Netflix Eyes Record High with Sports and Live Events Push


Following its success with ad-supported subscriptions, Netflix Inc. (NASDAQ:NFLX) is looking to sports and live events to fuel the next phase of its stock price growth. This strategy, reminiscent of traditional TV models, could help the $280 billion company return to its record highs from 2021.

“When you have the viewership, you control the pricing power, especially for ads around live sports and other events,” said Eric Clark, portfolio manager at Accuvest Global Advisors. “We see this as another avenue for growth.”

Despite a 0.5% dip in shares on Thursday, Netflix has rebounded by 33% year-to-date, thanks to investor confidence in its growth potential. The company’s crackdown on password sharing has contributed to a post-COVID surge in subscribers. Netflix’s ad-supported plan now boasts 40 million monthly active users, a significant increase from 5 million a year ago.

Netflix is expanding into sports and live events as part of its growth strategy. It has already aired The Roast of Tom Brady and plans to show a boxing match between Jake Paul and Mike Tyson. This Christmas, Netflix will broadcast two National Football League games and has secured exclusive rights to content from World Wrestling Entertainment.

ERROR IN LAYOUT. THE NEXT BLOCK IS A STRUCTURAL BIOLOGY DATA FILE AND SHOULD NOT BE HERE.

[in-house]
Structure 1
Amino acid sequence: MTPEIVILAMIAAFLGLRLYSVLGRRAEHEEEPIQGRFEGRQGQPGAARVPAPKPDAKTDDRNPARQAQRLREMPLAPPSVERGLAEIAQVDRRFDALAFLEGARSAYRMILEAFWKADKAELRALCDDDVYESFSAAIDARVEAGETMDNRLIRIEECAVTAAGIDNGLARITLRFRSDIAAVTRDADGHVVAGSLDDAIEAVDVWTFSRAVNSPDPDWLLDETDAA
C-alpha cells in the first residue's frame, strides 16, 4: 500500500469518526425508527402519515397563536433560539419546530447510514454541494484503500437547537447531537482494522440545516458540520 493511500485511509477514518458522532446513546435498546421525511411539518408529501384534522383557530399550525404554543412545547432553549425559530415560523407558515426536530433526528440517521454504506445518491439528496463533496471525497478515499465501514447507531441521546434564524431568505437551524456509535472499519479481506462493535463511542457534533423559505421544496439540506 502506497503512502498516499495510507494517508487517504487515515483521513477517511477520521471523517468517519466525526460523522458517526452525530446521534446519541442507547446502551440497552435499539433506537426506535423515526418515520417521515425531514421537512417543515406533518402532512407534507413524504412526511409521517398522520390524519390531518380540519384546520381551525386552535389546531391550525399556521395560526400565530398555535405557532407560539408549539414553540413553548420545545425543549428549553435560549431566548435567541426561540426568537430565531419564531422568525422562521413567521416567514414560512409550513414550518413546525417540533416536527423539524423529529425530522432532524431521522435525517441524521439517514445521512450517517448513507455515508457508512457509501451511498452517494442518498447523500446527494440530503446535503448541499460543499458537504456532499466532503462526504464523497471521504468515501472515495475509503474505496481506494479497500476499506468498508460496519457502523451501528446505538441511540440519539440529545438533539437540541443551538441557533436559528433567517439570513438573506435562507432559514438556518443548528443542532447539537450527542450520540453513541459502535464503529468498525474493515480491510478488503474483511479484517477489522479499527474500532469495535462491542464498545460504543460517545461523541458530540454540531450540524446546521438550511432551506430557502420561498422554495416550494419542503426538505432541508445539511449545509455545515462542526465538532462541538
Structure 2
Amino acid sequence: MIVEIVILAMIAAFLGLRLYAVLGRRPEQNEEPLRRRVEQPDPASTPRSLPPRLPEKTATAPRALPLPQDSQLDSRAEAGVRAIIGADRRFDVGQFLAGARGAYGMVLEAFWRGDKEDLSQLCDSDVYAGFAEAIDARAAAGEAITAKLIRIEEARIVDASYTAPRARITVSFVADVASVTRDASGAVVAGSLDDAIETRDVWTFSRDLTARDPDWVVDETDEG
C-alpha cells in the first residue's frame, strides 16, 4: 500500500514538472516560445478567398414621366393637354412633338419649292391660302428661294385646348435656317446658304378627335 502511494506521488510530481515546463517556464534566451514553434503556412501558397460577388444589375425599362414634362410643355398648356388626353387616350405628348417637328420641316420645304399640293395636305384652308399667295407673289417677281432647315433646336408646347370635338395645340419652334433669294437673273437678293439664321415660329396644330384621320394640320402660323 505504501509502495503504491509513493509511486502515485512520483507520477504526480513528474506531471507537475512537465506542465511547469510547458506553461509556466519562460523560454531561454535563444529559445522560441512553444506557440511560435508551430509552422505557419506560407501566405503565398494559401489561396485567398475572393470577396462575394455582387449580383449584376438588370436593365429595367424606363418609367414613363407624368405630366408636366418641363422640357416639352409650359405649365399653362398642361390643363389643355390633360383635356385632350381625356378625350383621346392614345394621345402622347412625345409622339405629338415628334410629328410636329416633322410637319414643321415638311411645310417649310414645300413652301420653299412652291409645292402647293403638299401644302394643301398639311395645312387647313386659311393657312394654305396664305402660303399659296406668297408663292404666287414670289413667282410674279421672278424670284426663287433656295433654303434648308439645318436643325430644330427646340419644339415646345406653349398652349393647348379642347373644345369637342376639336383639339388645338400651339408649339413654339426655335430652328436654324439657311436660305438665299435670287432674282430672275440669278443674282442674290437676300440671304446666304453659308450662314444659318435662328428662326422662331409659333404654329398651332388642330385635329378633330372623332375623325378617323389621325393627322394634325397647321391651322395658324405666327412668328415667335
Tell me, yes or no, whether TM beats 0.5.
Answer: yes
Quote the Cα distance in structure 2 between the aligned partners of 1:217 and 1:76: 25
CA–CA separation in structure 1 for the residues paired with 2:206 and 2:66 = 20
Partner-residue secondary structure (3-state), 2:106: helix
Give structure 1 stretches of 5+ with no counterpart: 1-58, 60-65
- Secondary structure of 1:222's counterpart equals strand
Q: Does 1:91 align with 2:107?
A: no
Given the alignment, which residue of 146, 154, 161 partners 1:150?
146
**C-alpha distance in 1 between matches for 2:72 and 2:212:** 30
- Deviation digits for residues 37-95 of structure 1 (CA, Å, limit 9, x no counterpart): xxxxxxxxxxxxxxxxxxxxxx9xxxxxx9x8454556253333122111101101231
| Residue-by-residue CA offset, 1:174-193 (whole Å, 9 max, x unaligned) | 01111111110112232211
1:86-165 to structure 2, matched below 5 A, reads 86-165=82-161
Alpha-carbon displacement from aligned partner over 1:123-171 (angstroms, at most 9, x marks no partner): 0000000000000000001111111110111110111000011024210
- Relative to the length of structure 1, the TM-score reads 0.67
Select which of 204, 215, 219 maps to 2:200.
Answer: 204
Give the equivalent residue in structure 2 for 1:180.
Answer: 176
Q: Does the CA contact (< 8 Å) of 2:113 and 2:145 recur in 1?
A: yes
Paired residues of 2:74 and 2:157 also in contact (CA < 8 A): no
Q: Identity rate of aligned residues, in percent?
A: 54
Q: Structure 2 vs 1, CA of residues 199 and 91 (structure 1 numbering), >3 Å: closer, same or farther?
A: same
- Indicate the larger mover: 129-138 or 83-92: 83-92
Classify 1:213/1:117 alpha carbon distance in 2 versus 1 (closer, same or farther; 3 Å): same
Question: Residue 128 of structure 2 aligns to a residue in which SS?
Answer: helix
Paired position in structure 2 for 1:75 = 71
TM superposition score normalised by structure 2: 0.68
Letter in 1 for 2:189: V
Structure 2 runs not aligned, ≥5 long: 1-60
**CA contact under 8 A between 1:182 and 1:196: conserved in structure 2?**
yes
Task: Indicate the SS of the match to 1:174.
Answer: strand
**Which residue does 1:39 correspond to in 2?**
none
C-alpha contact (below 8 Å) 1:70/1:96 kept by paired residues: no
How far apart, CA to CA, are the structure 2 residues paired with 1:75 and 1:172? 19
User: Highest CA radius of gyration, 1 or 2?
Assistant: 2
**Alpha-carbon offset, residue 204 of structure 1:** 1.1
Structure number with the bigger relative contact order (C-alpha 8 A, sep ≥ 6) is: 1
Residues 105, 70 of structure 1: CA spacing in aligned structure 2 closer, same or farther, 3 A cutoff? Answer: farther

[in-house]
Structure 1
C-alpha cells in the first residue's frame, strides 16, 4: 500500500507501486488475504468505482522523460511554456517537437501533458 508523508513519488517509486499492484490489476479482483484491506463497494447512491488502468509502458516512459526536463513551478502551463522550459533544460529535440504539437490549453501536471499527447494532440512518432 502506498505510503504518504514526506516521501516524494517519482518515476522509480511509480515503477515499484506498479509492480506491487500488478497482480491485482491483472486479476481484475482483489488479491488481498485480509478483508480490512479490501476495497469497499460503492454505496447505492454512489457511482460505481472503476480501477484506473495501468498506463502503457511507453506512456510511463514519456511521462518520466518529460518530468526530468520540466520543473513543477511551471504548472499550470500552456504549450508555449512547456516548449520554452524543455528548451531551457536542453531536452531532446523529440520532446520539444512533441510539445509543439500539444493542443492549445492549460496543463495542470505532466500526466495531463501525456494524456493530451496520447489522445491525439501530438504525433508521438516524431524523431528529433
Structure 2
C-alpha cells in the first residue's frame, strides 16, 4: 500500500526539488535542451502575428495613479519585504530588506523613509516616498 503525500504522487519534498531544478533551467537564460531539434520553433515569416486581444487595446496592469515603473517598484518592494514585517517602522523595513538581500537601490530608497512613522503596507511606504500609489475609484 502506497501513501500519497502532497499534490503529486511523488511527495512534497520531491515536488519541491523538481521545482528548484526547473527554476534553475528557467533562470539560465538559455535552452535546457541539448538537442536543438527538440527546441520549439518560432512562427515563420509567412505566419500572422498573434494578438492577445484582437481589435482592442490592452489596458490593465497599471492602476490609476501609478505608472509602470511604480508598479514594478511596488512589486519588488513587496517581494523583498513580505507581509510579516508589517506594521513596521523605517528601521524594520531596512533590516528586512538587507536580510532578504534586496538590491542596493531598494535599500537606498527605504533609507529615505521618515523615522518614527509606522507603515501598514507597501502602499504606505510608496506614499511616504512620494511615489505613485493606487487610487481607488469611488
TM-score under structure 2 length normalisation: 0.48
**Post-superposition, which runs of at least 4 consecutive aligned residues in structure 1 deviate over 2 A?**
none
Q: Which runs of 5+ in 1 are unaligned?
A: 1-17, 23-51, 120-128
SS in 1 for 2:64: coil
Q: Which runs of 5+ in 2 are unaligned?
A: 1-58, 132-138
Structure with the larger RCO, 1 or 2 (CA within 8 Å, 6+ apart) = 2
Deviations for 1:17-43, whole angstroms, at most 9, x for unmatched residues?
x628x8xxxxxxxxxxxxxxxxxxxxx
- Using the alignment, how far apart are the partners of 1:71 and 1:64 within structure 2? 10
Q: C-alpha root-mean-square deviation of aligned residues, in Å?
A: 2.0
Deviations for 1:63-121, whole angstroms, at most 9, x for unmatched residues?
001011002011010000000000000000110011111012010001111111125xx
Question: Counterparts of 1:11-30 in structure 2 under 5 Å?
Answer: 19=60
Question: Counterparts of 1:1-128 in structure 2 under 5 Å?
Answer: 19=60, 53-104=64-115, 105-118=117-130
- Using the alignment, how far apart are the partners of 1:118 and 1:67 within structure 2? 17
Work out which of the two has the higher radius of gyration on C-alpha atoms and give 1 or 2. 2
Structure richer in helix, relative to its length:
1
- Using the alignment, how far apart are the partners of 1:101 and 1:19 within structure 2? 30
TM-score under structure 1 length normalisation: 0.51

Other streaming services are also investing heavily in sports. Inc. (NASDAQ:AMZN) is reportedly close to securing a deal to stream NBA games on Prime. NBC’s Peacock and Walt Disney Co. (NYSE:DIS) are investing significantly in sports, with Disney projected to spend at least $12.2 billion on sports in 2026.

Wall Street is supportive of Netflix’s new direction. JPMorgan Chase & Co. believes the Tyson-Paul fight could be one of the most watched boxing matches ever, given Netflix’s extensive global subscriber base. JPMorgan analyst Doug Anmuth has an overweight rating on Netflix, citing its diverse content offerings as a key advantage.

Over the past three months, consensus estimates for Netflix’s full-year earnings have risen by 7.1%, while revenue estimates have increased by 0.5%. However, caution is advised due to the company’s conservative forecasts in April and its current valuation, which is not as attractive as its post-COVID lows. Netflix trades at 32 times estimated earnings, compared to its five-year average of 40 times.

Approximately 70% of analysts tracked by Bloomberg recommend buying Netflix stock, aligning with the average price target.

Cotton Swindell, senior portfolio manager for Adams Diversified Equity Fund, owns Netflix shares and is optimistic about the company’s prospects. He noted, “There are many reasons to be confident in Netflix, even if live events and sports do not lead to immediate substantial growth. The key is whether the growth justifies the valuation, and I believe it does.”

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